NASHVILLE, TN — Regularly topping lists of booming cities with a fecund economy, conventional wisdom would suggest Nashville shouldn’t be in danger of missing tax projections, but in a way, Metro fell victim to its own success.
With the recent re-appraisal, many Nashvillians saw their property tax bills skyrocket, with property values increasing by a median of 37 percent. Because of a state law that prohibits a municipality from increasing property tax revenue based on a reappraisal, anyone whose property value increased by less than the median would see a lower tax bill, but anyone with an increase above it saw an increase. The sharp increases on the appraisal led to a sharp increase in the number of appraisal appeals.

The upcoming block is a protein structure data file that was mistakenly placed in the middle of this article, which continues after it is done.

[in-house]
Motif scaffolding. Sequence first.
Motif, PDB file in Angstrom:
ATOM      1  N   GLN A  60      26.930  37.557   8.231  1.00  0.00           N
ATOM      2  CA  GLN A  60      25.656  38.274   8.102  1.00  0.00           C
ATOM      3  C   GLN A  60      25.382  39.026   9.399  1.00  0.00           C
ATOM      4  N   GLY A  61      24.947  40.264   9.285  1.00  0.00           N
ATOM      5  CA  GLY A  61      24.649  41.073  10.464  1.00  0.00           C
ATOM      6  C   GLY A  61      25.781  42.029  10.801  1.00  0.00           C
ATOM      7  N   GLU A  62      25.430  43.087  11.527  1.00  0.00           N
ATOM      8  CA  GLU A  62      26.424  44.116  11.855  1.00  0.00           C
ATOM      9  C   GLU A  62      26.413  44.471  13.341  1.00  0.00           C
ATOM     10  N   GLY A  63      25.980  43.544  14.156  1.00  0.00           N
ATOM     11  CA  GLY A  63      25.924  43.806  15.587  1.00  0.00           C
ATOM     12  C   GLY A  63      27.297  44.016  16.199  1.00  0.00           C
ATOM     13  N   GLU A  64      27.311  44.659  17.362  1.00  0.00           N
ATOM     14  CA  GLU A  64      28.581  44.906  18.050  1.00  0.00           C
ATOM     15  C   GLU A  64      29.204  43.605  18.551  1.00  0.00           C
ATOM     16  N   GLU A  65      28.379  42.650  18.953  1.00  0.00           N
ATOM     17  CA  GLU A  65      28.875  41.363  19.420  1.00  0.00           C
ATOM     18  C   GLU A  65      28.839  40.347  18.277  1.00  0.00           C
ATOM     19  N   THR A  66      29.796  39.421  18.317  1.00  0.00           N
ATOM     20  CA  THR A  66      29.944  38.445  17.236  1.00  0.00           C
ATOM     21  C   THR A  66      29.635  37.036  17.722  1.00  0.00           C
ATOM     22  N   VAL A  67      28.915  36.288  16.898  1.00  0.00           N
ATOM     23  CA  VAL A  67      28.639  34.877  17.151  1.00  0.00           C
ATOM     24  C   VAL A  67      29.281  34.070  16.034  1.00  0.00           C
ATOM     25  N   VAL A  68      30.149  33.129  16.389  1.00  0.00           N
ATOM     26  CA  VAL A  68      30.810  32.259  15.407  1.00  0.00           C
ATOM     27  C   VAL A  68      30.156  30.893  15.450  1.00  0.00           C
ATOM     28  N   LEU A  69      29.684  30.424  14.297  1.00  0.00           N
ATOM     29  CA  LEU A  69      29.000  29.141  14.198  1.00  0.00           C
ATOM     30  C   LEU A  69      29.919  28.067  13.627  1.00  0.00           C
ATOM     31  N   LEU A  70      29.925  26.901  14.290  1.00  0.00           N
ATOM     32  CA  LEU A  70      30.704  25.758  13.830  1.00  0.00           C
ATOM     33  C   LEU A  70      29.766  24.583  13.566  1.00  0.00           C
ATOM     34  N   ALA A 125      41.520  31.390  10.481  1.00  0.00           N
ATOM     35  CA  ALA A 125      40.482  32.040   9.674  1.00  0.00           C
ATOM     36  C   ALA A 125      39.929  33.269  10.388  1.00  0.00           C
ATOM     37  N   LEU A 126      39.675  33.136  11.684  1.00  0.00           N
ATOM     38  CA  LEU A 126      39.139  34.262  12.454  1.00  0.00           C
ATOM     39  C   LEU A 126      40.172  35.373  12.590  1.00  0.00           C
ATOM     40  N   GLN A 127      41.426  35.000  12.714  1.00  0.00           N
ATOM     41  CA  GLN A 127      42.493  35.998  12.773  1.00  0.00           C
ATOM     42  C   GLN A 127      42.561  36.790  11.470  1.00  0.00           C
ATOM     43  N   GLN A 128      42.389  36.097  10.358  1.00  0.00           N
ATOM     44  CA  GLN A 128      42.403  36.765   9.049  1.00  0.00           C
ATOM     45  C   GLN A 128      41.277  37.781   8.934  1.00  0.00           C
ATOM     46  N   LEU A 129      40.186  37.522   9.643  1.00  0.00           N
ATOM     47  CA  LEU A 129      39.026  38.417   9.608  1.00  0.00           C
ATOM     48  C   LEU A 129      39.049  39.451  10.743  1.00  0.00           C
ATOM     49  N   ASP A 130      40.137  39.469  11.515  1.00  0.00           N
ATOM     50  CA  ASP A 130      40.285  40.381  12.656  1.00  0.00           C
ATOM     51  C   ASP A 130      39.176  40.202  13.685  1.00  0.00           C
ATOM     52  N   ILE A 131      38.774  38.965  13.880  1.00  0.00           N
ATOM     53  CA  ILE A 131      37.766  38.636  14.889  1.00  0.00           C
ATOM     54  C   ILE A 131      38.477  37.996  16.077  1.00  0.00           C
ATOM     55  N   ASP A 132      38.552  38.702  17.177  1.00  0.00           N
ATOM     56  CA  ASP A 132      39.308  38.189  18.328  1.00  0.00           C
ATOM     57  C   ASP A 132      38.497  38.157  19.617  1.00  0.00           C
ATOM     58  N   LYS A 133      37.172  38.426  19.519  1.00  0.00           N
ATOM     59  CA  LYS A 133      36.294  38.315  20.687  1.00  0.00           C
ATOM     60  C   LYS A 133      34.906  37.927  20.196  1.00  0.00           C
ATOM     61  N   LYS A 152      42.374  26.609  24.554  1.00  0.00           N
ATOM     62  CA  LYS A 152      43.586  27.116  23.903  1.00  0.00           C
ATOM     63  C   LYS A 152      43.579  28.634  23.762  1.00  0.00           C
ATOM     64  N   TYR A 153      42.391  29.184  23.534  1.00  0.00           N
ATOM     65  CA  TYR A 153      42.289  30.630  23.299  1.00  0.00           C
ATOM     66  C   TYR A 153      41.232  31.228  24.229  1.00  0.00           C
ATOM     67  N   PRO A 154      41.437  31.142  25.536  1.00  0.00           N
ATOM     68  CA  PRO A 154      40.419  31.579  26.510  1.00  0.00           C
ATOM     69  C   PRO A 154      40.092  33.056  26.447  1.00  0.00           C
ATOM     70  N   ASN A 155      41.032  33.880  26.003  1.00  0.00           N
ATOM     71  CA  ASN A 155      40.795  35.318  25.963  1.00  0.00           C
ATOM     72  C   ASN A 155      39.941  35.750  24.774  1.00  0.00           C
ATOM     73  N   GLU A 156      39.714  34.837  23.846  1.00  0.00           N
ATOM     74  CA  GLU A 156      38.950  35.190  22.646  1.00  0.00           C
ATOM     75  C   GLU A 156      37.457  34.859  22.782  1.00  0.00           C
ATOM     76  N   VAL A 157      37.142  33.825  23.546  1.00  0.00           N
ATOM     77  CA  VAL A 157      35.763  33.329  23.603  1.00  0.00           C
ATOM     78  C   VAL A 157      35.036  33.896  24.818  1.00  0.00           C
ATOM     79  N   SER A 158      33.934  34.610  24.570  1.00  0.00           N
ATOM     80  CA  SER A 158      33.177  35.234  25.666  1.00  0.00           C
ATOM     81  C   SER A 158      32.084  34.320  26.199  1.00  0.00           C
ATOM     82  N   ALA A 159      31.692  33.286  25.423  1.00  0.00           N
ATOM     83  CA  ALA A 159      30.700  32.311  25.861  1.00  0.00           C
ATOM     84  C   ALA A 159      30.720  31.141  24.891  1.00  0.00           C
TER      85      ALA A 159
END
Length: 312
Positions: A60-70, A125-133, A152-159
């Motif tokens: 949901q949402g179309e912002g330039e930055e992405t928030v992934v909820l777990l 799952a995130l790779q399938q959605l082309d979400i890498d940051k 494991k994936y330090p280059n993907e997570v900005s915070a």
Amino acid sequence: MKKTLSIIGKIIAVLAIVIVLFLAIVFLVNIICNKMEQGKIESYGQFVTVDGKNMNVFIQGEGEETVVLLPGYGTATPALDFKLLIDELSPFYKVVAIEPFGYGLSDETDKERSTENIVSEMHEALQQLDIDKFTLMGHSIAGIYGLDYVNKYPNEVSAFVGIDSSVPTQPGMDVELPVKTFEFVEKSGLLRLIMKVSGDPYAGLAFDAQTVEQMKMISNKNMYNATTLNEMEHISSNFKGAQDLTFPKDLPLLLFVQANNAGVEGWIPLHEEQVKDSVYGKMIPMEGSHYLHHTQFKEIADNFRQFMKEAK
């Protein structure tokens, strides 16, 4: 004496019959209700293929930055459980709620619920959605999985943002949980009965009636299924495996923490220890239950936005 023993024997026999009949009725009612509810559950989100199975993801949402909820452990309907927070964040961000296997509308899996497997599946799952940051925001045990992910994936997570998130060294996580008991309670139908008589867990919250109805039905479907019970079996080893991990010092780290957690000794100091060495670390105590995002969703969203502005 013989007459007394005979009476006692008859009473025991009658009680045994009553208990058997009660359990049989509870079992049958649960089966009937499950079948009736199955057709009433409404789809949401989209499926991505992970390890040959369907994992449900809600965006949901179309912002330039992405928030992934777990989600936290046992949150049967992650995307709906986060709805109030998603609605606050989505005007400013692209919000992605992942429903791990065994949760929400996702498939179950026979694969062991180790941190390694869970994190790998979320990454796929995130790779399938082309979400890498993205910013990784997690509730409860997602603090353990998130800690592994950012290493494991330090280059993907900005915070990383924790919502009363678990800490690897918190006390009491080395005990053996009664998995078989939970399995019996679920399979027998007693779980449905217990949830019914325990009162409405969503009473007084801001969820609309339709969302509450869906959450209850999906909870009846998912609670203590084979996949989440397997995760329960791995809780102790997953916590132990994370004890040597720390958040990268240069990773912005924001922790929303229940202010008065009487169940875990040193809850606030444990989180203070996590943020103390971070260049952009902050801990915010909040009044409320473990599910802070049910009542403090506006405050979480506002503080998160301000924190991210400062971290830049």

Assessor of Property Vivian Wilhoite said there were nearly 7,200 appeals with the Metro Board of Equalization this year, an increase of 45 percent. Ultimately, because of the appeals to both Metro and the state, in addition to what Wilhoite called "informal reviews" of appraisals, budget projections will miss revenue estimates by between $20 to $25 million, Mayor David Briley said Monday.
"We are going to need to maintain a status quo budget this year and be very cautious about how we spend money," he said at the first round of budget hearings.
Metro maintained a budget surplus of $220 million over the last two years and despite the revenue miss, Briley told The Tennessean he is not asking for a property tax rate increase.
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